Bronchial asthma is an airway disorder associated with bronchial hyperresponsiveness, variable airflow obstruction and elevated levels of nitric oxide (NO) in exhaled air. The variables all reflect, in part, the underlying airway inflammation in this disease. To understand their interrelationships we have investigated the relationship between exhaled NO levels and clinicophysiological markers of asthma severity. Twenty-six steroid naive atopic asthmatics participated in the analysis. All were given diary cards and were asked to record their peak expiratory flow (PEF) rates twice daily together with their asthma symptom scores and beta-agonist use. Diary cards were collected 2 weeks later and measurements of exhaled NO levels, FEV1 and histamine bronchial hyperreactivity (PC20 histamine) were undertaken. Exhaled NO levels were significantly higher in our study population than in normal control subjects and correlated negatively with PC20 histamine (r = -0.51; P = 0.008) and positively with PEF diurnal variability (r = 0.58; P = 0.002), but not with symptom scores, beta-agonist use of FEV1 (%). We conclude that a significant relationship exists between exhaled NO levels and the two characteristic features and markers of asthma severity, namely bronchial hyperreactivity and PEF diurnal variability. The lack of correlation between symptom score and beta-agonist use, of FEV1 (%) predicted and exhaled NO suggests that these measures are reflective of differing aspects of asthma. (+info)
(7/1037) Time course of respiratory decompensation in chronic obstructive pulmonary disease: a prospective, double-blind study of peak flow changes prior to emergency department visits.
The aim of this study was to look at changes in peak expiratory flow rates (PEFR) prior to emergency department visits for decompensated chronic obstructive pulmonary disease (COPD). It was designed as a prospective, double-blind study at the Albuquerque Veterans Affairs Medical Center. Twelve patients with an irreversible component of airflow obstruction on pulmonary function tests were assessed. At entry, all subjects were instructed in the use of a mini-Wright peak flow meter with electronic data storage. They then entered a 6-month monitoring phase in which they recorded PEFR twice daily, before and after bronchodilators. The meter displays were disabled so that the patients and their physicians were blinded to all values. Medical care was provided in the customary manner. Patients were considered to have respiratory decompensation if they required treatment for airflow obstruction in the Emergency Department (ED) and no other causes of dyspnea could be identified. Simple linear regression was used to model changes in PEFR over time. The 12 subjects had 22 episodes of respiratory decompensation during 1741 patient-days of observation. Two episodes could not be analysed because of missing values. Ten episodes in seven subjects were characterized by a significant linear decline in at least one peak flow parameter prior to presentation. The mean rates of change for the four daily parameters varied from 0.22% to 0.27% predicted per day (or 1.19 to 1.44 1 min-1 day-1). The average decrement in these parameters ranged from 30.0 to 33.8 1 min-1 (or 18.6%-25.9% of their baseline values). No temporal trends were found for the 10 episodes occurring in the other five subjects. We concluded that respiratory decompensation is characterized by a gradual decline in PEFR in about half of cases. Future studies should be done to elucidate the mechanisms of respiratory distress in the other cases. (+info)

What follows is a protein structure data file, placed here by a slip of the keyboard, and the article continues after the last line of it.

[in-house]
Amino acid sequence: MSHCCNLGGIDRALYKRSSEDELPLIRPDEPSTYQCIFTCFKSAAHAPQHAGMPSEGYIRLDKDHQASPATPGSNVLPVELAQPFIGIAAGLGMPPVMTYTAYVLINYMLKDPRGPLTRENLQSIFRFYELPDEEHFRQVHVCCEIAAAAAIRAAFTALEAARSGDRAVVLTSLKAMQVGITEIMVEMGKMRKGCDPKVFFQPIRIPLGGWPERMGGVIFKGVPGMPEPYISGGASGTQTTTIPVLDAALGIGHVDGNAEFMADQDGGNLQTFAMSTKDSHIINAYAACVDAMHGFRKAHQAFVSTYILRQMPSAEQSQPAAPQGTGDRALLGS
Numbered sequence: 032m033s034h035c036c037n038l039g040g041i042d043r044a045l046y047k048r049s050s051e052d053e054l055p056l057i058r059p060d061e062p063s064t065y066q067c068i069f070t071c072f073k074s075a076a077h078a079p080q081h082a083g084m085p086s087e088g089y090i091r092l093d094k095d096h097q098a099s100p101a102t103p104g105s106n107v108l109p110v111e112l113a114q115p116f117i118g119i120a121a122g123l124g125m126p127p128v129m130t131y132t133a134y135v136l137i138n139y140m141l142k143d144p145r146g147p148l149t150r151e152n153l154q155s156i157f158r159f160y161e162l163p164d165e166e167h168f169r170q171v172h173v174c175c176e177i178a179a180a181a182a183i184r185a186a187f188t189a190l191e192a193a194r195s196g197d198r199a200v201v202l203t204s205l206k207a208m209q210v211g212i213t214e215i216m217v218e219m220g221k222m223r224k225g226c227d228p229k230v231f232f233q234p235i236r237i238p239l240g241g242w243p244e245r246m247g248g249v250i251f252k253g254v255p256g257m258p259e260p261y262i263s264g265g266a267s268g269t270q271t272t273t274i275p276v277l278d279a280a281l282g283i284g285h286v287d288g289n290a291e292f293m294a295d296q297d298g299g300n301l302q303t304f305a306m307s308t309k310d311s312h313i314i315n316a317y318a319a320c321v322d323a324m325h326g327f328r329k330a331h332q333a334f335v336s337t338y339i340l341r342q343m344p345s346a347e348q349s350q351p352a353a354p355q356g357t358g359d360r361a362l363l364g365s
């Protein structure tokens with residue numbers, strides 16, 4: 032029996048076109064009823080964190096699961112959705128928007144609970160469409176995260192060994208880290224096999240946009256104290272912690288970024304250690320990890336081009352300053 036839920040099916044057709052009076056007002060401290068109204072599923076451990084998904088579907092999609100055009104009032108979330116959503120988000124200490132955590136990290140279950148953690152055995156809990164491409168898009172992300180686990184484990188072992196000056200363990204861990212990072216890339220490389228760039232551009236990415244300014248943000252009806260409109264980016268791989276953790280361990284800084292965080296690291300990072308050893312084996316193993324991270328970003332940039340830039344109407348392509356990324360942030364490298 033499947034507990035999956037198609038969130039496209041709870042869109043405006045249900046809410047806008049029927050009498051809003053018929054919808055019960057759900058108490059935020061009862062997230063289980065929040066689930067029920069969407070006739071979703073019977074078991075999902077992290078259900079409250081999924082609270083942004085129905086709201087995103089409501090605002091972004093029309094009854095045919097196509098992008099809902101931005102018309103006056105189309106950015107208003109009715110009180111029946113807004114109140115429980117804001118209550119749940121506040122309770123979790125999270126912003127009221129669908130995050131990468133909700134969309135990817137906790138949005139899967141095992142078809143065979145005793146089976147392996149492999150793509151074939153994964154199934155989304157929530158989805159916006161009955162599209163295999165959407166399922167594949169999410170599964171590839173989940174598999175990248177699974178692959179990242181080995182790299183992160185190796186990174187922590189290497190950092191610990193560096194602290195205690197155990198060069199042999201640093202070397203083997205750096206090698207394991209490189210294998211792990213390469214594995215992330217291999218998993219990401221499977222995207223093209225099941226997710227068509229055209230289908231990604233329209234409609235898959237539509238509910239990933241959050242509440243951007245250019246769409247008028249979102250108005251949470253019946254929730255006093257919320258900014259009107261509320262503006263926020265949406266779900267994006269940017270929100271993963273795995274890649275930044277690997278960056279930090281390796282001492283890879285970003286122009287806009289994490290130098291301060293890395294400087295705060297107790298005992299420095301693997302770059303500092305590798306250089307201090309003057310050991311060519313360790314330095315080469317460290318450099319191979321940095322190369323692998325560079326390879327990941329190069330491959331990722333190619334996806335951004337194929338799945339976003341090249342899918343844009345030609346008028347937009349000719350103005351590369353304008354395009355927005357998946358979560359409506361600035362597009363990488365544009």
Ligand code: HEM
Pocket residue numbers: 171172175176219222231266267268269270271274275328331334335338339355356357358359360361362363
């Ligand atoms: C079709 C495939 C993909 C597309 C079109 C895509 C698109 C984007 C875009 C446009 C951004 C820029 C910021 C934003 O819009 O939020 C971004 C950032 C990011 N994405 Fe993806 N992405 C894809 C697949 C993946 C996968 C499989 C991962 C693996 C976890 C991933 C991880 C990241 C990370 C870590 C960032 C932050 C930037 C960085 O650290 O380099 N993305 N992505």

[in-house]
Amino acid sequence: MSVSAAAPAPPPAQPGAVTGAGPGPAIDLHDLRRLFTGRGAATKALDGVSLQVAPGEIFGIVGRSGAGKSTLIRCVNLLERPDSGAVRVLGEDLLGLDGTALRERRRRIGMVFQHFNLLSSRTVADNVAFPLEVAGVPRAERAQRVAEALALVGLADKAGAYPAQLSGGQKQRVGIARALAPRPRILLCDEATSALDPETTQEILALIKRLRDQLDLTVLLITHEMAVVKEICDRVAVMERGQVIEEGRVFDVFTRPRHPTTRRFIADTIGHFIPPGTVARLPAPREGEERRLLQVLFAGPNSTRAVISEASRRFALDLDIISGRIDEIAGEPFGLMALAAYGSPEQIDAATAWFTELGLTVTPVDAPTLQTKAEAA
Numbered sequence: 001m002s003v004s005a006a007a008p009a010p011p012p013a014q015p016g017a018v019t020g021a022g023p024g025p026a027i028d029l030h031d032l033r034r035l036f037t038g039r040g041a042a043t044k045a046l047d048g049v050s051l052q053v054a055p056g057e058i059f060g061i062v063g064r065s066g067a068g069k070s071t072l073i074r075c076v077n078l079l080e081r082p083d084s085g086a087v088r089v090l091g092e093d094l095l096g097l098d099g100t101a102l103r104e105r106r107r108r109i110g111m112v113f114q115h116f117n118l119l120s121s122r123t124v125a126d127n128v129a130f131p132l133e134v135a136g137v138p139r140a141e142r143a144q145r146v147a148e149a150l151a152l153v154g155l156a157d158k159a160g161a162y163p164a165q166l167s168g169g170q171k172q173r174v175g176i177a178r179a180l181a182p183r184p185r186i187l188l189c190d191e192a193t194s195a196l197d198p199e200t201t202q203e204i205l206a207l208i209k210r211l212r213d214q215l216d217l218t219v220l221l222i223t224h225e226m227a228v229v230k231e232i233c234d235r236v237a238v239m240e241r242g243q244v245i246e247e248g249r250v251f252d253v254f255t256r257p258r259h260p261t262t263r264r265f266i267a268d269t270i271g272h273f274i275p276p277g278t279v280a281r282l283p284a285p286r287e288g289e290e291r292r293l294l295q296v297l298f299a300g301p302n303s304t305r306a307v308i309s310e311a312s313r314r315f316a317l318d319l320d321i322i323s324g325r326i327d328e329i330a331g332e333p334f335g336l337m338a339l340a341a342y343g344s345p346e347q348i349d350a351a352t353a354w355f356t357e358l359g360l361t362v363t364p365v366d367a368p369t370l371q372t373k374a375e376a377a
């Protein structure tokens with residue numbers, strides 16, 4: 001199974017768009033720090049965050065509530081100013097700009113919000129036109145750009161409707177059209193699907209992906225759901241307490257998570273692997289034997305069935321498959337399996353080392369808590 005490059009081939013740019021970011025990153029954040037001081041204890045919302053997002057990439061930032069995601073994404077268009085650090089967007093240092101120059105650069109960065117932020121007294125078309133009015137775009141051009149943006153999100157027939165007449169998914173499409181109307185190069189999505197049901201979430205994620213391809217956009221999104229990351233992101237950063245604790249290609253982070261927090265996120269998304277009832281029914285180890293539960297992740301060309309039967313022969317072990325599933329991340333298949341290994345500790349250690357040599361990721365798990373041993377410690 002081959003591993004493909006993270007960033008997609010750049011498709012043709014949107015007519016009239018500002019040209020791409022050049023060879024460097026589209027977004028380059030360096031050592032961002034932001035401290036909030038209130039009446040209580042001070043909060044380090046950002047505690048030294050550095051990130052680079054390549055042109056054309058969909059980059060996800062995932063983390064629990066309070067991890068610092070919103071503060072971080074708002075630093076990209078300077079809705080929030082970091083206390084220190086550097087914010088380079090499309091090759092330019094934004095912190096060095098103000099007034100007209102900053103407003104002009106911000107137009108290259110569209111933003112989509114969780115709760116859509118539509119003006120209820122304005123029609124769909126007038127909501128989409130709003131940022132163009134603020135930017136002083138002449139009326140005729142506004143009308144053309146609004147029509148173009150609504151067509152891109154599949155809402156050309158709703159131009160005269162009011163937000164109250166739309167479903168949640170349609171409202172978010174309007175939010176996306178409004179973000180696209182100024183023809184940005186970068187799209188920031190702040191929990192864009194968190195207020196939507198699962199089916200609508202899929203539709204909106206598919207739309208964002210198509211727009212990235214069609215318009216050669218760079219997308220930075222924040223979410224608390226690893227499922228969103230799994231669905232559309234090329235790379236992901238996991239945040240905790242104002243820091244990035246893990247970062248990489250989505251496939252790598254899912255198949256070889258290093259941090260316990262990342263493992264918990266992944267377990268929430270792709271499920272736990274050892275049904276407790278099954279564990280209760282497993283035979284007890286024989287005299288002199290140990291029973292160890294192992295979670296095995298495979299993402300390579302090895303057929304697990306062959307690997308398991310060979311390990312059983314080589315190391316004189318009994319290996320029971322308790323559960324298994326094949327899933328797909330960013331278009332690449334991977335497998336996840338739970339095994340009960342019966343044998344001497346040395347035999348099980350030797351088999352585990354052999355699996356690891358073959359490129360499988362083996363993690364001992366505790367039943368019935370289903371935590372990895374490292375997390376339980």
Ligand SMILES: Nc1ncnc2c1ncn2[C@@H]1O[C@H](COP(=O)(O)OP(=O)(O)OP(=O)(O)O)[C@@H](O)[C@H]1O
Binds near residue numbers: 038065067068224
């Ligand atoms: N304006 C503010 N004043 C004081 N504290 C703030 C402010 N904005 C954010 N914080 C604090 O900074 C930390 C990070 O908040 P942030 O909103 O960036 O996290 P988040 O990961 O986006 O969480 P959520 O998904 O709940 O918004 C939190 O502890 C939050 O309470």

(8/1037) A comparative study of the effects of ketotifen, disodium cromoglycate, and beclomethasone dipropionate on bronchial mucosa and asthma symptoms in patients with atopic asthma.
Asthma is a chronic inflammatory disorder of the airways that is characterized by infiltration of many inflammatory cells into the bronchial mucosa. We compared the effects of ketotifen, disodium cromoglycate (DSCG), and beclomethasone dipropionate (BDP) on inflammatory cells in the bronchial mucosa and on the asthma symptoms of patients with atopic asthma. In this 12-week parallel study, 32 patients were randomly allocated to either the ketotifen group (2 mg day-1, n = 13), DSCG group (8 mg day-1, n = 9) or BDP (400 micrograms day-1, n = 10). Each subject recorded daily asthma symptoms and peak expiratory flow (PEF). Before and after treatment, pulmonary function and bronchial responsiveness to methacholine were evaluated, and fibreoptic bronchoscopy and biopsy were performed before and after treatment. Biopsy specimens were obtained by bronchoscopy. We performed immunohistochemistry using specific monoclonal antibodies for activated eosinophils (EG2), mast cells (AA1), and T cells (CD3, CD4, and CD8). Our clinical findings showed significant improvement in symptom score and bronchial responsiveness (P < 0.01) each) in all groups. Both the DSCG and the BDP groups had significantly better symptom scores than the ketotifen group (P < 0.05, both groups). PEF significantly increased in the DSCG group in comparison to the ketotifen (P < 0.01) and BDP (P < 0.05) groups, FEV1% increased significantly in the DSCG (P < 0.01) and BDP (P < 0.05) groups in comparison to the ketotifen group. Compared with their baseline values, treatment significantly decreased EG2+ activated eosinophils, and CD3+ and CD4+ T cells, in each group (P < 0.01). Both the DSCG (P < 0.05) and the BDP groups (P < 0.01) exhibited significant decreases in AA1+ mast cell count, but this was not observed in the ketotifen group. Comparing before- and after-treatment values, only the DSCG group exhibited a significant decrease in the number of CD8+ T cells (P < 0.01). Ketotifen, DSCG, and BDP all showed anti-inflammatory activity as determined by examination of the bronchial mucosa of asthmatic patients; and both the DSCG and BDP groups had better clinical responses than the ketotifen group. (+info)